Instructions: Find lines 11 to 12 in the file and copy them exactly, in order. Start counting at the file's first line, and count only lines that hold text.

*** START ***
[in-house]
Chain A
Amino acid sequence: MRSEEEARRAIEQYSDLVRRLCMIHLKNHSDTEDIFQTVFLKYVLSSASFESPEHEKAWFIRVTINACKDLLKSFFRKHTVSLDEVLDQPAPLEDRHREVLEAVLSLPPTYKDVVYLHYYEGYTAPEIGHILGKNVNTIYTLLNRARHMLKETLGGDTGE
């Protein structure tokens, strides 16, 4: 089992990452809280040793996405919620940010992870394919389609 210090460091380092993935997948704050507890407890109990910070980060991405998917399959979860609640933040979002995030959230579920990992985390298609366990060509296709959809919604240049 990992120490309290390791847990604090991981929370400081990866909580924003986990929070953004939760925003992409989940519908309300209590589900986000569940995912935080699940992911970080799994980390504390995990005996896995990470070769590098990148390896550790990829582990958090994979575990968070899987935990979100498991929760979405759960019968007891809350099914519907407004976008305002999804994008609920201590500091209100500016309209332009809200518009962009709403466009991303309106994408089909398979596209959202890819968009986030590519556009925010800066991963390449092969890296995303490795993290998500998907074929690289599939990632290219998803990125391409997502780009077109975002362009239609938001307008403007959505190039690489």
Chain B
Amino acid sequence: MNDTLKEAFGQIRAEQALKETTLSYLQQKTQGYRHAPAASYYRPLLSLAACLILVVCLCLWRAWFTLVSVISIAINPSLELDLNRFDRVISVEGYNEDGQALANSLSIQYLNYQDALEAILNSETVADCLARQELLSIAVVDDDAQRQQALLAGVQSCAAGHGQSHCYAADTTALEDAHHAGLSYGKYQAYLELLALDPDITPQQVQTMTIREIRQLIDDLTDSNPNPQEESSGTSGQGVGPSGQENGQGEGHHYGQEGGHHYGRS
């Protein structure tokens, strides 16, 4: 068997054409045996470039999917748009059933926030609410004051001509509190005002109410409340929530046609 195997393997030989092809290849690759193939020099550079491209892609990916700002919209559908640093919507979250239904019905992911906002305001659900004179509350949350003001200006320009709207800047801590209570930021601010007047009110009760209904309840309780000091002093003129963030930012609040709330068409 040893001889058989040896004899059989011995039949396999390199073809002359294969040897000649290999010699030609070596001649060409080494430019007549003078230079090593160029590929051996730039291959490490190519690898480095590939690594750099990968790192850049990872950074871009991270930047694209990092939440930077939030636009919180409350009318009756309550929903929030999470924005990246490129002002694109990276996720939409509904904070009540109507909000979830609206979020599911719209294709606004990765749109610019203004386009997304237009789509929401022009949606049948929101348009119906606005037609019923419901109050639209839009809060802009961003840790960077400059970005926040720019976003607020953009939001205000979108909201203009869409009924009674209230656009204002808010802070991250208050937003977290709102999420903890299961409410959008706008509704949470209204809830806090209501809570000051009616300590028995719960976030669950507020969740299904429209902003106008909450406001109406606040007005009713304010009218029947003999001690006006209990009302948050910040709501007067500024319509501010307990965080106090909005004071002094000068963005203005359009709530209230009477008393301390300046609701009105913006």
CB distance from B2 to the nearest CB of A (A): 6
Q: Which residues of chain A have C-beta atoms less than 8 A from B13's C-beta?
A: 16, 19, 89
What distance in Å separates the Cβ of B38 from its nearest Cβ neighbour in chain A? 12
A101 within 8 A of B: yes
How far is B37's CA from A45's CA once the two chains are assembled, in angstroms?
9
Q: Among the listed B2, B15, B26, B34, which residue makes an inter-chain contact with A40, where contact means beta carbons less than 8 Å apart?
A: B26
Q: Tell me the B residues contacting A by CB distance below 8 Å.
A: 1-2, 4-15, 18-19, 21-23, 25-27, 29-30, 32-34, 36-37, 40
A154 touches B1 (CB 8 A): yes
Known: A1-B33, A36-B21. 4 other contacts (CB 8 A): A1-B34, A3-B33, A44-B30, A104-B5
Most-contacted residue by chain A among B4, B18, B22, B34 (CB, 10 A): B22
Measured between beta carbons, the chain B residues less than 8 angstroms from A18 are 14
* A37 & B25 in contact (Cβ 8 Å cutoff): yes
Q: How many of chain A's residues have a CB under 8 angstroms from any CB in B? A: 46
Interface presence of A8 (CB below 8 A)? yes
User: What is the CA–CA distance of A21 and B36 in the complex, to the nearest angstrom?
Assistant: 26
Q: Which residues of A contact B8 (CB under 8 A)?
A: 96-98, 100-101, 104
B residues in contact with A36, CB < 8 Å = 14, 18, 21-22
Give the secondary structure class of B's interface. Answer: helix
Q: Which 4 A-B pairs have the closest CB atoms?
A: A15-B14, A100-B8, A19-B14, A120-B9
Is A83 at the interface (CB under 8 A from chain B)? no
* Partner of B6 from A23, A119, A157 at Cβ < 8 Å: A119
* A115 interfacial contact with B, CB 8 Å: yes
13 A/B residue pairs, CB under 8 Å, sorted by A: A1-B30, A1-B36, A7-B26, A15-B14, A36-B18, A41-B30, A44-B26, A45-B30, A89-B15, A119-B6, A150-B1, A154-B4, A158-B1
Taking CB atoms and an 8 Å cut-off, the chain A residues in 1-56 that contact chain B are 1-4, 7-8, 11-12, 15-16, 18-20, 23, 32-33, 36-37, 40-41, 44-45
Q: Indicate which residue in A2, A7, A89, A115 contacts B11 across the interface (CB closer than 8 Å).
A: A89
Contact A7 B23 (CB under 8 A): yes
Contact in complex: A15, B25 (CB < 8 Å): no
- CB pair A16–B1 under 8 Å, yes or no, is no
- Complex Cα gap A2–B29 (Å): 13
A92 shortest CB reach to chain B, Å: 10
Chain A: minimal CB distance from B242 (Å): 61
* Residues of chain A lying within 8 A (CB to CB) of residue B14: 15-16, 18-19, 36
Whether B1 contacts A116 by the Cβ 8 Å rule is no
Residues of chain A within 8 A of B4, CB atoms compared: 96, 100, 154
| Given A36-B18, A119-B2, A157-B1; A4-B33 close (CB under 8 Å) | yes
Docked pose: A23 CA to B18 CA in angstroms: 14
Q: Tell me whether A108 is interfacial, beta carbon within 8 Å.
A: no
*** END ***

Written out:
What distance in Å separates the Cβ of B38 from its nearest Cβ neighbour in chain A? 12
A101 within 8 A of B: yes